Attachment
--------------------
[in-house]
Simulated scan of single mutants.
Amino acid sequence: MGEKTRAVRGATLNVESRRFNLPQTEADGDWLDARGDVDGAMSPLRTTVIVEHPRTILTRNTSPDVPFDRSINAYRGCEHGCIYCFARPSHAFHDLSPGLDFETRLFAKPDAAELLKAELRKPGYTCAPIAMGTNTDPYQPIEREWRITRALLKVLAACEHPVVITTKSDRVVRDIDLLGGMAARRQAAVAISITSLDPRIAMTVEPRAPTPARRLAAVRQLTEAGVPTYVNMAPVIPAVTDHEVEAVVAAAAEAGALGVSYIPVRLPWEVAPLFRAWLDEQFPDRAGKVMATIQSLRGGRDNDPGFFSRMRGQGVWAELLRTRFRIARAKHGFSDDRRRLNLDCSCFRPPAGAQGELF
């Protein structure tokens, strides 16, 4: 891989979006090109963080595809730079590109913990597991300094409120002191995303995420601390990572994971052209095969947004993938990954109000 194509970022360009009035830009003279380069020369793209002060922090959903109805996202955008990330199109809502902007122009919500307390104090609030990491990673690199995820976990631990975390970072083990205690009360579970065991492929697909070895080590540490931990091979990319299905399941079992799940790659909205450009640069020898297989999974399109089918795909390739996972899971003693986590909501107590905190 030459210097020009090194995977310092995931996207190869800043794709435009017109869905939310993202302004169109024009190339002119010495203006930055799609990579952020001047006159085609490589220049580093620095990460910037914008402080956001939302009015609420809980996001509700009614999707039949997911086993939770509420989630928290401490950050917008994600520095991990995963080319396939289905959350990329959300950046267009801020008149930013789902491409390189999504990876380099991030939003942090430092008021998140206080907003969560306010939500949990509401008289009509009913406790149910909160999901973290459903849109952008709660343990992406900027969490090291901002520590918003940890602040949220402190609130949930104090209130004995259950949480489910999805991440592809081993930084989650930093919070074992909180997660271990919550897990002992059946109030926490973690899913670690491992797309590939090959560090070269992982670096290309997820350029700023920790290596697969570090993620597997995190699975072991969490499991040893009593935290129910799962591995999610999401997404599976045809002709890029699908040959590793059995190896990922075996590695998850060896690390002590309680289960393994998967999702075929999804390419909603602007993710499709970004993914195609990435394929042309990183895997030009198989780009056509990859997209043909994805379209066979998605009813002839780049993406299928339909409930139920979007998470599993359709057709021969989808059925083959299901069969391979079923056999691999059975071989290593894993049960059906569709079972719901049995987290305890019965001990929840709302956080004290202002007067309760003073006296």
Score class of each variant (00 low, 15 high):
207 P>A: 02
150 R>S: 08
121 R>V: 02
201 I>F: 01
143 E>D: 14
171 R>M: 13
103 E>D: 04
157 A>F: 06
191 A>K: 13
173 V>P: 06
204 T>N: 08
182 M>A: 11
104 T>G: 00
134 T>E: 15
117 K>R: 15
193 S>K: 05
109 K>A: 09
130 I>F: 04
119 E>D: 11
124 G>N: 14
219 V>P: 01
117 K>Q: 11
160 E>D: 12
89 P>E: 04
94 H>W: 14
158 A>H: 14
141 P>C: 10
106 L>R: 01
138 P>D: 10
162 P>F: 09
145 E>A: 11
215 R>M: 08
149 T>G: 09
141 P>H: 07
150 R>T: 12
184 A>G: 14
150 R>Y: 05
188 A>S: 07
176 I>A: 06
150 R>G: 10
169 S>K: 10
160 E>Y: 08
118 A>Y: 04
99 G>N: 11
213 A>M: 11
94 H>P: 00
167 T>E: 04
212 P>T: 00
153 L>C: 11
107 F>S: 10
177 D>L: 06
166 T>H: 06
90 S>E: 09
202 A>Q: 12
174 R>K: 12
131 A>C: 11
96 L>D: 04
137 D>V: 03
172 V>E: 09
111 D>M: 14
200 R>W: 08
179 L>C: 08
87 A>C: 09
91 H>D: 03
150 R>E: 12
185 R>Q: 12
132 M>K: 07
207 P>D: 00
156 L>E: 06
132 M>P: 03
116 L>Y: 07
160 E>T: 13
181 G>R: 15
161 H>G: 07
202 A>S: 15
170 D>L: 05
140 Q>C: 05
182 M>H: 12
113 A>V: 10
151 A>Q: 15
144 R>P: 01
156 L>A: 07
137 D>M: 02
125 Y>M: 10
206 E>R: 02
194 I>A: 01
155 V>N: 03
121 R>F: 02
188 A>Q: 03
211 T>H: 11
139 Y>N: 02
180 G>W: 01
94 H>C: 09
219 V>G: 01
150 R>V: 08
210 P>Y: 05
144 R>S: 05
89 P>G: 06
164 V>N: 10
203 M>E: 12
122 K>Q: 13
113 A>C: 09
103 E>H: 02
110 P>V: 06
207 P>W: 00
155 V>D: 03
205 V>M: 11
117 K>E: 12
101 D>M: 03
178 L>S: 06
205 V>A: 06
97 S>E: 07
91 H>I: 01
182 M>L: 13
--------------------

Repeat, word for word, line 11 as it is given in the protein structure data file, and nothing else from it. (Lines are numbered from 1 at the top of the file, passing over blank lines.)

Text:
171 R>M: 13